Rachid Nini: Die Nachtrichten Führer

. Independent journalists are the new politicians in Morocco. They do however, fit admirably the cruel yet strikingly in Baldwin’s apophthegm: “Power without responsibility, the prerogative of Harlots through out the ages”.

Power because they do have considerable amount of influence (Nini as a Populist, ARB and Jamai as intellengtsia favourite writers ) but they are answerable to nobody. The other behemoth player is the Makhzen, who occasionally play them off each others, or crush them whenever it is necessary to remind them, and the public that they set up the rules and there are things not to be trifled with.

It is all good to worry about freedom of speech, but one has to keep in mind the wider picture speaks better. It is, quite simply, a storm in a weak tea-cup. Now, do we need to worry about Nichane or independent newspapers in Morocco? Frankly, who cares? the days of militant and impoverished -yet high-standards- journalism in Morocco are over (Mohamed Belhassan El ouazzani was not expecting journalism in Morocco to stoop so low in the business race); we are talking business, and in such matters, there are no good guys and bad guys, only big bucks.

I was amazed to the strength of international media coverage (old farts stick together, don’t they?) as though corporatist solidarity allows journalists to pose as victims (and they certainly are, to an extent) but not in a manner such as the ordinary citizens of  Ben Smim for instance.

37 years old Fodail Aberkane. An anonymous victim of Police brutality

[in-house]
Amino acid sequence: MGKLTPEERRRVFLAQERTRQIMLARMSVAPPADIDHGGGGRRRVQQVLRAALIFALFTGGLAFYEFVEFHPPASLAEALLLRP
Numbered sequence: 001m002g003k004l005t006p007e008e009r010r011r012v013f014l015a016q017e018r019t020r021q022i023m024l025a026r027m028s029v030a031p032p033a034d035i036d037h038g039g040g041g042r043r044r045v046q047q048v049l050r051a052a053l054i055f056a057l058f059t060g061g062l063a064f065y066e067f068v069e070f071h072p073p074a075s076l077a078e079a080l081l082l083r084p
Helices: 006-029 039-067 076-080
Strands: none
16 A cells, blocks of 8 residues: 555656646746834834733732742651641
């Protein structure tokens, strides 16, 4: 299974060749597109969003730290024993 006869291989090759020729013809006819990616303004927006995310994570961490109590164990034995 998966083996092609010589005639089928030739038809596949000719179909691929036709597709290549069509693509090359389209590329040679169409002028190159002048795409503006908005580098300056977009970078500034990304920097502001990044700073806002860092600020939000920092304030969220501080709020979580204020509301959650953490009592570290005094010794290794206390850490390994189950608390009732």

The last piece was left so on purpose, because it is much more important; The first one does not affect us directly as citizens, but merely concerns an unnecessary nationalistic pride we can do without.

The second one is just a matter of money and would-be journalists. The last is about how random and hazardous it is to walk in a police station and walk out of it unharmed and more importantly, alive. I needn’t bore you with details because others have spoken quite eloquently about it. It is as though a brutal reminder was sent to all would-be dissidents that the old institutions are still there, and that at any time, one can meet his maker (and Orangina bottle down their bottom in the process) in a nasty dark little room, downstairs one’s very local police station. Suffice it to remember than, in a Morocco so full of new things and so resolute in its democratic process and open-mindedness, the murder of Fodail Aberkane remains a blot that has never been addressed.

One would certainly say: well, it just happened once, and if it was not for a life, it is no big deal. A reasoning ab absurdo would prove it to be otherwise: assuming what happened in Salé police station was merely a security cock-up, why didn’t the interior ministry suspend the policemen and launch an inquiry on the matter? Don’t they realise that what happened is a disgrace to the uniform of Moroccan police; (the satirical Young Retarded Moroccan Society published a very moving piece about it)

On that melodramatic tone, I wish you all a good week end.